Iowa loves its wrestling, and Creston/Orient-Macksburg has been at the heart of the championship chases for the last 15 years.
The proof: nine top-four finishes in the Class 2-A traditional state meet in those 15 years, including seven top-three trophies and two titles (2007, 2016). Seven top-four finishes in the 2-A state dual meet in the past 11 seasons, including a 2007 championship.
Guiding it all is a 49-year-old who’s cool on the exterior but possesses a fiery determination to keep his program among the state’s elite.
For his sustained excellence and consistent leadership, Darrell Frain of Creston/O-M is The World-Herald’s Western Iowa Coach of the Year for 2016-17.
Frain’s story begins in Carson, Iowa, with an unusual family history. His parents had sister Ronda when his mother Cinda was just 14 years old and his father Jerry was 16. Two years later, Darrell arrived.
After completing the 10th grade, Jerry Frain dropped out to work for Schildberg Construction. Cinda went to work full time at Macedonia Implement when Darrell was in kindergarten.
Despite the difficult circumstances, their son enjoyed his childhood.
“I’m sure they were tough times,” he said, “but we didn’t know any different. I’m definitely proud to talk about our situation because you know it wasn’t easy for them, raising us.”
Frain excelled at every sport, and he became a huge Nebraska fan when his cousin Todd became a standout tight end there in the 1980s. Darrell Frain found many mentors among the coaching staff at Carson-Macedonia. Gary Wax joined the staff in 1980 and was coaching high school boys basketball when Frain was going through junior high. In those days, the winter schedule was arranged in split seasons, so Frain participated in basketball and wrestling. Wax insists one of the state’s best wrestling coaches could have been a basketball standout.
“I’m sure he would have probably been a four-year starter,” he said.
Wax coached him in high school football and baseball.
“I guess I’d describe him as your basic ornery boy,” he said. “He had a little ornery streak in him, but he was not mean, not malicious. He was extremely coachable. He listened to everything you had to say.”
Frain went on to play football and baseball at Graceland College in Lamoni. After one year of substitute teaching, he accepted his first full-time job at Creston. He was an assistant seventh-grade boys basketball coach in his first year.
Frain wanted to be a head baseball or football coach, but Vic Belger (baseball) and Dick Bergstrom (football) were firmly entrenched. He considered going to a smaller school and actually interviewed multiple times, but nothing materialized. After three years of coaching wrestling at the lower levels, the top job opened in 1999, and Frain jumped at it.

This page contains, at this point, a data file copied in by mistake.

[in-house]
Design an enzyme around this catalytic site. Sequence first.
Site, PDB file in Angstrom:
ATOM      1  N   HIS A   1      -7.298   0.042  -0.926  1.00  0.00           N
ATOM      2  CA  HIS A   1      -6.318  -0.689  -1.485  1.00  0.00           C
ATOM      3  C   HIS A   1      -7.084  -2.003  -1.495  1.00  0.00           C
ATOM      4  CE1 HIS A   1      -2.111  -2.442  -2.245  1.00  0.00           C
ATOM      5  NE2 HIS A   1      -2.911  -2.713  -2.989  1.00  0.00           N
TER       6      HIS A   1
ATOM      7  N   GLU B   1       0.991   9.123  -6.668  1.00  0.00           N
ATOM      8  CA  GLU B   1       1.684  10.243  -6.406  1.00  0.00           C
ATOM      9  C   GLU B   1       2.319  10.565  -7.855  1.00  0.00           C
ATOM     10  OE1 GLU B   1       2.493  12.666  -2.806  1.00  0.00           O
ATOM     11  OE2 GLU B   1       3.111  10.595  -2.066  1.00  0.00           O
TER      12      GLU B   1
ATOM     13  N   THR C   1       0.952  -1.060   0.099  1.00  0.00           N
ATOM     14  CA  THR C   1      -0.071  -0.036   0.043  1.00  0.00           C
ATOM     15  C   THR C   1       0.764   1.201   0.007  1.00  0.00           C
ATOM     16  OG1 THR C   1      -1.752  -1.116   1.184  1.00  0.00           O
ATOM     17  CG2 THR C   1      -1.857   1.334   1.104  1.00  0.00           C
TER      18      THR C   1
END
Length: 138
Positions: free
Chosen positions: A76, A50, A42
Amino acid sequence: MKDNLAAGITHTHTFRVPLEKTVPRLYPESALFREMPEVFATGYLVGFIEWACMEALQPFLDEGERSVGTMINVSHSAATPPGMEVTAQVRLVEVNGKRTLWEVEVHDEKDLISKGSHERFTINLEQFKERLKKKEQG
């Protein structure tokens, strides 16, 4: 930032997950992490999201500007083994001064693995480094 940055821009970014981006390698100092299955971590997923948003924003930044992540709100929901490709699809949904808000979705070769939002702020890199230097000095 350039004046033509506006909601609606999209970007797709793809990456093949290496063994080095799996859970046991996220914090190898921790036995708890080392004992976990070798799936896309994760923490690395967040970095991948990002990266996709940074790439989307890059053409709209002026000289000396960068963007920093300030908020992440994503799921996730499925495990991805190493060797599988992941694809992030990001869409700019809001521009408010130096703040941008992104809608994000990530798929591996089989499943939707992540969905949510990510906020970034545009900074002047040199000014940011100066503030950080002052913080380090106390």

“I thought I knew a lot and I really didn’t,” he said.
He immersed himself in the sport from the start, seeking knowledge from accomplished area wrestlers like Brad Canoyer, Dylan Long and brother-in-law Kevin Allen. He worked with highly regarded coach Keith Massey of the Golden Eagles club program in Underwood. He eventually realized he had to push his top wrestlers to their limits in practice. Eventually it would pull along the novices who had the courage to stick with it.
“It wasn’t so much about the competition, it was about how to practice, how to drill,” Frain said. “That’s when a lot of things started taking off. Then we were doing exactly the same thing in the K through eighth-graders, and it really took off.”
His wrestlers have won 19 individual state championships among 32 finals appearances, including Iowa’s 22nd four-time state champion, Jake Marlin (2010-13). This past season, Chase Shiltz (182) won his third state title, while Kadon Hulett (220) placed second as the Panthers finished fourth in the 2-A team chase.
Creston has had at least one wrestler in the state finals in eight straight seasons and 14 of the last 15.
“I think probably the hardest part is people just assume it’s going to happen,” Frain said. “They don’t realize how difficult it is. You’ve got to make sure every level below you is still producing enough numbers and kids that want to wrestle, because it seems like the numbers in every sport right now in Creston have gotten smaller and smaller.”
Frain has helped with the Creston football program since his second year in the school district. Recently he has spent several years as the varsity offensive coordinator, including this season.
Head football coach Brian Morrison said the approach Frain’s wrestlers bring to the field is invaluable.
“I’ve really wanted to emphasize how he coaches and what he does with his (wrestling) program to the football program and kind of emulate that, the way they practice and the way they outwork people and just their mindset,” Morrison said. “It doesn’t matter if you’re a freshman or the best senior they have on the team. They’re going to get the best out of each kid, and I think that’s what truly separates him from a lot of coaches.”
Frain and his high school sweetheart, Kim, have been married for 25 years and have raised three children. Madison works in the athletic department at North Dakota, while Trevor is in his final year at Iowa State and Brody is going to be a freshman there. Frain said his wife has been instrumental in his professional success.
“Sometimes I wonder how coaches who don’t have that person to go home to do it,” he said. “I think you always need that sounding board as a coach. She’s made it a lot easier for me, that’s for sure.”
Speaking of people to go home to, Frain’s parents recently celebrated their 52nd wedding anniversary. They happily spend most of their retired life in the Ozarks.
“You look at my sister and myself, everything that we’ve got is from their values and work ethic,” Darrell Frain said. “I’m still amazed by the success they’ve had.”